Ben Sifuentes-Jáuregui

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Chair of Comparative Literature

Ben. Sifuentes-Jáuregui's research interests include Latino/a Literature and Culture, XXth-Century Latin American Literature and Cultural Studies, gender theory and sexuality studies, and psychoanalysis. He is author of Transvestism, Masculinity, and Latin American Literature (Palgrave, 2002), and The Avowal of Difference: Queer Latino American Narratives (SUNY Press, 2014). He has also published articles on sexuality, queer identities in Latino/a America, and melodrama.

Karen Elizabeth Bishop

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UNDERGRADUATE DIRECTOR

Karen Elizabeth Bishop was appointed Assistant Professor in the Department of Spanish and Portuguese at Rutgers University in 2012. She was formerly a New Faculty Fellow of the American Council of Learned Societies (2010-2012) and Lecturer in History & Literature at Harvard University (2008-2010). She earned her doctorate in Comparative Literature from the University of California at Santa Barbara with specializations in nineteenth- and twentieth-century literatures in Spanish, English and French. She spent a year as a researcher at the École normale supérieure in Paris, and four years teaching and working as a translator in Sevilla, Spain.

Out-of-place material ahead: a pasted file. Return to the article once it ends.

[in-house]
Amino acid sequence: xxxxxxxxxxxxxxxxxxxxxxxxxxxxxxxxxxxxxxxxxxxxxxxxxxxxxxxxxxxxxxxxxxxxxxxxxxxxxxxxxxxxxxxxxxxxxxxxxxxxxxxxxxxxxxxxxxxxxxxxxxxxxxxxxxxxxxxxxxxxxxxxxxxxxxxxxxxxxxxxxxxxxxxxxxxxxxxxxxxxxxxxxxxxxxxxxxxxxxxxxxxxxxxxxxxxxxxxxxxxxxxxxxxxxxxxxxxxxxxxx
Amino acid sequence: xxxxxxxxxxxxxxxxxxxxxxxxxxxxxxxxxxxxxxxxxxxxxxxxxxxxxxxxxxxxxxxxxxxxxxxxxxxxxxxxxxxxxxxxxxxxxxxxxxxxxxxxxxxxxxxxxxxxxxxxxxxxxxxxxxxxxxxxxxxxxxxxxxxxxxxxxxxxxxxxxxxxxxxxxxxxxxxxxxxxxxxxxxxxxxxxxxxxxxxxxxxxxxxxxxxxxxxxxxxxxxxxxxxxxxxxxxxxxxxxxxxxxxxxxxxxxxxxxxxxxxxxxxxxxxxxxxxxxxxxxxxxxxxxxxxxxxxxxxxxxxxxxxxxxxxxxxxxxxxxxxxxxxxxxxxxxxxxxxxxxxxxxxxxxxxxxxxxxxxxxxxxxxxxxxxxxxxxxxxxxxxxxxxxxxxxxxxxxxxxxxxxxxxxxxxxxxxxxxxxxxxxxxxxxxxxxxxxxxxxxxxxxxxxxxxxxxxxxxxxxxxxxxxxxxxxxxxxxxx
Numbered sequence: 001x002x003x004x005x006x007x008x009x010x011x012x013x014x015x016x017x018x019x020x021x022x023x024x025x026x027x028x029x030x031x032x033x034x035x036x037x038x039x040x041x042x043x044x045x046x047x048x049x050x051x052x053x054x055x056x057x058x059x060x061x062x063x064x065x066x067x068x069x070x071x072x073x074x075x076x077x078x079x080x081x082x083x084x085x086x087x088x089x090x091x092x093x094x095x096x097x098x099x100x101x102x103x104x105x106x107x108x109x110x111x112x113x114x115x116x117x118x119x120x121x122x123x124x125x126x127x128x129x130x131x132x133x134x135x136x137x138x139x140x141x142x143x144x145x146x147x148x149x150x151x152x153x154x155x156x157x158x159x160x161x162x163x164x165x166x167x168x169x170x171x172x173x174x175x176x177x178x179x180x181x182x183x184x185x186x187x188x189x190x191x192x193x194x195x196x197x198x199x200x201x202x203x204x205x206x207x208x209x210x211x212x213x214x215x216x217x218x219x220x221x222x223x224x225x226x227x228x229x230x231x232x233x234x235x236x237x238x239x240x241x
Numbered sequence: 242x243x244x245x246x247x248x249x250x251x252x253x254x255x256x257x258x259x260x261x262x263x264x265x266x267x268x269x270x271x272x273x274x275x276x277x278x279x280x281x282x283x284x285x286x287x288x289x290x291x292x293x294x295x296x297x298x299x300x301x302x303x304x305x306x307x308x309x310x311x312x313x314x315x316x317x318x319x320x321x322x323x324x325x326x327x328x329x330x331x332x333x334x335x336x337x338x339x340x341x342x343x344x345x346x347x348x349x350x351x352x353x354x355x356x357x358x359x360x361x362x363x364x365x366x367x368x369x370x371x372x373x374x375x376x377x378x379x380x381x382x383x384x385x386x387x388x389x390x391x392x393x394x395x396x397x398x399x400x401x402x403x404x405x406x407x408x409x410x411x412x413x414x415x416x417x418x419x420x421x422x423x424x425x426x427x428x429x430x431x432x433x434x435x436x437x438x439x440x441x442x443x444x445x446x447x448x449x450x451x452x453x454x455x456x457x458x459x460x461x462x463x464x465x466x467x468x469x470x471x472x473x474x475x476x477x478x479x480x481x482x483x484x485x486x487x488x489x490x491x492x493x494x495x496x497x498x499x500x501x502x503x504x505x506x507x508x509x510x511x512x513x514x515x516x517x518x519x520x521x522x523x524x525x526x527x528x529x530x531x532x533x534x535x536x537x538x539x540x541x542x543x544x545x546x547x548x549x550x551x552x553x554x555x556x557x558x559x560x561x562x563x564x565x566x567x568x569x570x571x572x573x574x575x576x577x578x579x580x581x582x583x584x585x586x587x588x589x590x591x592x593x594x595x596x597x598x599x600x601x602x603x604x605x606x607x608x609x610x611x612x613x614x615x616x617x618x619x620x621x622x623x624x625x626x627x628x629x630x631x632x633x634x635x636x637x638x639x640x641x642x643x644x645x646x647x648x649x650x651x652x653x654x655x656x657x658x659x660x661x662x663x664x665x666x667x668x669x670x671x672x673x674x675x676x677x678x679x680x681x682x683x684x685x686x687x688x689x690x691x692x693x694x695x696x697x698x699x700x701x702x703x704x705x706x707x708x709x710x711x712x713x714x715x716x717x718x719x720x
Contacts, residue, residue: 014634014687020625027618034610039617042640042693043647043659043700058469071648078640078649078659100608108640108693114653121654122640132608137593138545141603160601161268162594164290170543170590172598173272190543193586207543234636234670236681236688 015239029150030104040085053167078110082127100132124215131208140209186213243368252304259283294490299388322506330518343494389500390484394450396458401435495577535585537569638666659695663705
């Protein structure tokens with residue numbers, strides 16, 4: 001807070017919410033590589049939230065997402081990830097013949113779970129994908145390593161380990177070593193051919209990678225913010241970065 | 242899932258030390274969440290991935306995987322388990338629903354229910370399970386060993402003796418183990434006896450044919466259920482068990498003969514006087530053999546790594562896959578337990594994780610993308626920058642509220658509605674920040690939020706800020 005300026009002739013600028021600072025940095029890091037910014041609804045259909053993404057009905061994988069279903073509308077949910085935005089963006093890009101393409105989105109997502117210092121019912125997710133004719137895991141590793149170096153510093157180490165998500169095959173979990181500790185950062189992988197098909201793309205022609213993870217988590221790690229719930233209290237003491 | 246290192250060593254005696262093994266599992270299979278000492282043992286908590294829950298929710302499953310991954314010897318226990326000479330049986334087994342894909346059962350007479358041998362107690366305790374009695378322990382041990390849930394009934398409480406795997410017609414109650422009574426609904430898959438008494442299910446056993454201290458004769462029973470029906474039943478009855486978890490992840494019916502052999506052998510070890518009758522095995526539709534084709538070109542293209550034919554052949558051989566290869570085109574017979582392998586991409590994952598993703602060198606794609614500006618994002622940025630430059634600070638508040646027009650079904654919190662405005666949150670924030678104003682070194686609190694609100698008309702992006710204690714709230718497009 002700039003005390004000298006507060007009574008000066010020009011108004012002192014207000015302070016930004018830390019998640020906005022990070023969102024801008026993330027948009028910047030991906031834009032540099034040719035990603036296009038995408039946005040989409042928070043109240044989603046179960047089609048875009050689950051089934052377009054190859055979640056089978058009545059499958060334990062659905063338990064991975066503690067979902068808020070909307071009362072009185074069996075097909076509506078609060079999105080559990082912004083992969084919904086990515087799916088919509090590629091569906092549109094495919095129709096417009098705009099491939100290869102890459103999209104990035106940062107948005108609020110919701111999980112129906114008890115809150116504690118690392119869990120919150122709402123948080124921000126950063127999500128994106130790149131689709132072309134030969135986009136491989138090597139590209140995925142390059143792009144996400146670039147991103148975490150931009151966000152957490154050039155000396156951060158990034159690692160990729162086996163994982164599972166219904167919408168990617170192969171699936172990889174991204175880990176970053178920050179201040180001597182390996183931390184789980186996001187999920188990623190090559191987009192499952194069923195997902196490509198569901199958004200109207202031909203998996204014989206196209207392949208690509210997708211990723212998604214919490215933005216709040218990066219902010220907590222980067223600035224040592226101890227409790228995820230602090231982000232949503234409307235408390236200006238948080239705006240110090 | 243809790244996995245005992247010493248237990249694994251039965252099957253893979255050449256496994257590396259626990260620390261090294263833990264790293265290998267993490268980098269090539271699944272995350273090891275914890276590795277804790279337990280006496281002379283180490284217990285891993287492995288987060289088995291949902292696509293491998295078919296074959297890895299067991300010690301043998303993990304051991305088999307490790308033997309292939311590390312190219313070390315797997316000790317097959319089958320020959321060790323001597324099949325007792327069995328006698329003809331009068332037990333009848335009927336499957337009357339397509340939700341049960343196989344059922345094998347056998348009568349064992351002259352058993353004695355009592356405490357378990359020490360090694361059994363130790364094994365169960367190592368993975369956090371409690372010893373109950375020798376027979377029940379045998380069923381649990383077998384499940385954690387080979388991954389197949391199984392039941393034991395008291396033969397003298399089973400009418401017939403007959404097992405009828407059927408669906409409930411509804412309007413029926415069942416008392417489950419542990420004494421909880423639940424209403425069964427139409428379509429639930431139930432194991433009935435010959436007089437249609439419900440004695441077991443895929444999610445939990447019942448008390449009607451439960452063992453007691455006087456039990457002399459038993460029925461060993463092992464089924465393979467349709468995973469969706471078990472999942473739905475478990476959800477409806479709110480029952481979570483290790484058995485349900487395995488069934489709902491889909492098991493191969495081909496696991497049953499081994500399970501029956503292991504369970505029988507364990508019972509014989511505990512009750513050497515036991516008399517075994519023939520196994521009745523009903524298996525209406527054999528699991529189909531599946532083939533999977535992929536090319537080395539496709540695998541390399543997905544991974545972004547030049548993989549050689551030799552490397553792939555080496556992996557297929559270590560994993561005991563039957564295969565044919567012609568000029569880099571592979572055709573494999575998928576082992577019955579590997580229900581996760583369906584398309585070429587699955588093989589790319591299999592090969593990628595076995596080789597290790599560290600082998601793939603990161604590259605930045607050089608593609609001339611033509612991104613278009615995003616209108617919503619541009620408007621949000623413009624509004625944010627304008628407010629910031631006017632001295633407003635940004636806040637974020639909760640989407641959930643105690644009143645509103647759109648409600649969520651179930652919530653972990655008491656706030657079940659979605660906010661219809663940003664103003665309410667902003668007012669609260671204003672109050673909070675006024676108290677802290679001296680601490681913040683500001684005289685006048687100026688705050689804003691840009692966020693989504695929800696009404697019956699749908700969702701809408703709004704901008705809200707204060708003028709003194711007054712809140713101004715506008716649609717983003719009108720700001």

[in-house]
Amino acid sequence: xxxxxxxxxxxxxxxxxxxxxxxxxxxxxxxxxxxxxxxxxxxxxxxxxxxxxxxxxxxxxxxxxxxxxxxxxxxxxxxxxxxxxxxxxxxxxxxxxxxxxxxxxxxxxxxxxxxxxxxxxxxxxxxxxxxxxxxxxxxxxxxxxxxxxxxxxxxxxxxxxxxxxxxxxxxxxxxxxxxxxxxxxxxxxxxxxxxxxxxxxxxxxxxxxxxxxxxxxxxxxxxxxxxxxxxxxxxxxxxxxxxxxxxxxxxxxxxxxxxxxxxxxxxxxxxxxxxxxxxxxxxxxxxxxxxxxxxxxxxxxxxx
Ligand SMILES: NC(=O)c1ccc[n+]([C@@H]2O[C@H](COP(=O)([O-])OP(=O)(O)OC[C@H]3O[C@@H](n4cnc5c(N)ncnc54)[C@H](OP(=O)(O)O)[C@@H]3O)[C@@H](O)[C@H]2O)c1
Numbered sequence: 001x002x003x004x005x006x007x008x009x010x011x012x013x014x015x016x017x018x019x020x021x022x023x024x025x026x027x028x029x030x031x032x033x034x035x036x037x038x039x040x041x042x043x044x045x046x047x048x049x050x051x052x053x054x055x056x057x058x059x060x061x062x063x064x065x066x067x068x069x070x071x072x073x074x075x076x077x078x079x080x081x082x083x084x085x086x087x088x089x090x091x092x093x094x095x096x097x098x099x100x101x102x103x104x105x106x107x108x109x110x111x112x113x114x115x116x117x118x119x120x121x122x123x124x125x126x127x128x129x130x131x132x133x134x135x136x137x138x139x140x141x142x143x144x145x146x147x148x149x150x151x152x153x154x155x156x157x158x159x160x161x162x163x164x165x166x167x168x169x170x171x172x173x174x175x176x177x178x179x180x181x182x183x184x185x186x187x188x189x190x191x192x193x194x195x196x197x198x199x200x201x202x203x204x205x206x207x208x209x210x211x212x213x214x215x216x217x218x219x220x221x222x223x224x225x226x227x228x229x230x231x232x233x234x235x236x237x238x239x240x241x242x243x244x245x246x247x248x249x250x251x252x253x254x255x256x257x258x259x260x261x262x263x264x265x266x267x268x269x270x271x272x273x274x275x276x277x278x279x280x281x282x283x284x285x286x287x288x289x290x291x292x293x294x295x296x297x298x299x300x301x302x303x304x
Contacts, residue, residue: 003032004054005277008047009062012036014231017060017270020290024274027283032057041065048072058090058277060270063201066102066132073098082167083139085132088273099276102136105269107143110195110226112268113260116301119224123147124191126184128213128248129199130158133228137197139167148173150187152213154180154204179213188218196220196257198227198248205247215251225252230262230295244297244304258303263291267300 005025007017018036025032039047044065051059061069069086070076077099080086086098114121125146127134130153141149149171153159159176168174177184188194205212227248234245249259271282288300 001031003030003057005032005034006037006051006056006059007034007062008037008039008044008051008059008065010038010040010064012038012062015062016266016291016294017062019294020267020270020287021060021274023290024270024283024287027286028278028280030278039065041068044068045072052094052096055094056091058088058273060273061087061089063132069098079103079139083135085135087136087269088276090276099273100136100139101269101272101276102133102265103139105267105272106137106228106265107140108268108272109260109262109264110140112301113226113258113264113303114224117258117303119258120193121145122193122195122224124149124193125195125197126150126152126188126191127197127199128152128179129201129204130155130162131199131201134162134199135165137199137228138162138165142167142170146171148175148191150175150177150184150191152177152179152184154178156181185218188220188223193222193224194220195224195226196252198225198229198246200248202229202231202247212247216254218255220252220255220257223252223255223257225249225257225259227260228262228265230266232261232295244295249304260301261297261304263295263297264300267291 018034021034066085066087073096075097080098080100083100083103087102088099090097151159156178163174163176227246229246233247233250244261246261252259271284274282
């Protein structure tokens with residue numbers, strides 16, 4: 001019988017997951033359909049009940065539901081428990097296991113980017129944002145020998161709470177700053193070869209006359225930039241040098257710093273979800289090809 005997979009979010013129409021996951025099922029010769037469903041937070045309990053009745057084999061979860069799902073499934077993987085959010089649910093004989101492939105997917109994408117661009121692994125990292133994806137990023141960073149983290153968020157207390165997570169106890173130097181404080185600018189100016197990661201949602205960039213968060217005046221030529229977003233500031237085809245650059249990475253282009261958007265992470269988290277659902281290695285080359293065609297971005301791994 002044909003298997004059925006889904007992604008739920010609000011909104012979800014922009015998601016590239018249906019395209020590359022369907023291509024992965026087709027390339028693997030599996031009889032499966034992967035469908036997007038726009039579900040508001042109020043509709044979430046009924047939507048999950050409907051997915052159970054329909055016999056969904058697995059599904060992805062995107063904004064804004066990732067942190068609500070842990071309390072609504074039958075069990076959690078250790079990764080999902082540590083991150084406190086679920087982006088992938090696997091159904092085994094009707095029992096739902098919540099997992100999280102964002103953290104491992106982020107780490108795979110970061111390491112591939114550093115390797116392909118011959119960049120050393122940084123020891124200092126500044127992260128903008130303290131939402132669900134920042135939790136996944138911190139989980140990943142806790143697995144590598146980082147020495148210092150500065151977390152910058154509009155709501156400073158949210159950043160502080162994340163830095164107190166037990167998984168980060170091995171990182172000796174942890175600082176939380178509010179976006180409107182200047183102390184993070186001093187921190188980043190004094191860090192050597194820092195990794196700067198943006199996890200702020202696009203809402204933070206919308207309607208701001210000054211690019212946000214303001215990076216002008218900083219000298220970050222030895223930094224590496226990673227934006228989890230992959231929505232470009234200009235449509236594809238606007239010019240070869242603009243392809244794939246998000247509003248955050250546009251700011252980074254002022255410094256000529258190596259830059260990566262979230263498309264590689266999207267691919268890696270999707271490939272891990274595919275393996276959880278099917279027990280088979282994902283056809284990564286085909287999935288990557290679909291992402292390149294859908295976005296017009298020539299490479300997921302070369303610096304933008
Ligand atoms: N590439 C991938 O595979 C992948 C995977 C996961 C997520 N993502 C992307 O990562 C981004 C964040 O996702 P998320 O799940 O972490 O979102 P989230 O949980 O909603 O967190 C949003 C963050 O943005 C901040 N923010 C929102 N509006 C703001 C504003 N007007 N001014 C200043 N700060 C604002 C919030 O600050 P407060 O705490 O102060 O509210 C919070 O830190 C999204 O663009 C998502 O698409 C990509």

Xiaojue Wang

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Graduate Program Director

Xiaojue Wang is Associate Professor of Chinese Literature in the Department of Asian Languages and Cultures and Director of Graduate Studies in the Program in Comparative Literature. Her research interests are Chinese literature and culture from late imperial to contemporary periods, cultural Cold War studies in global Asias, Chinese-German intellectual connections, cultural memories, film and media studies, gender and sexuality, and comparative literature. She is the author of Modernity with a Cold War Face: Reimagining the Nation in Chinese Literature across the 1949 Divide (Harvard University Asia Center, 2013), which examines the diverse, dynamic cultural practices in mainland China, Taiwan, Hong Kong, and overseas across the 1949 Chinese divide, and re-positions modern Chinese literature in the global context of the Cold War.

Fatimah Fischer

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Program Coordinator

Before coming to Rutgers, Fatimah worked as an Administrative Assistant in the Educational Opportunity Fund Program (EOF), at College of Saint Elizabeth in Morristown, NJ. She earned a B.A. in Communication with a minor in Journalism and a M.S. in Organizational Change in Business Management from (CSE).

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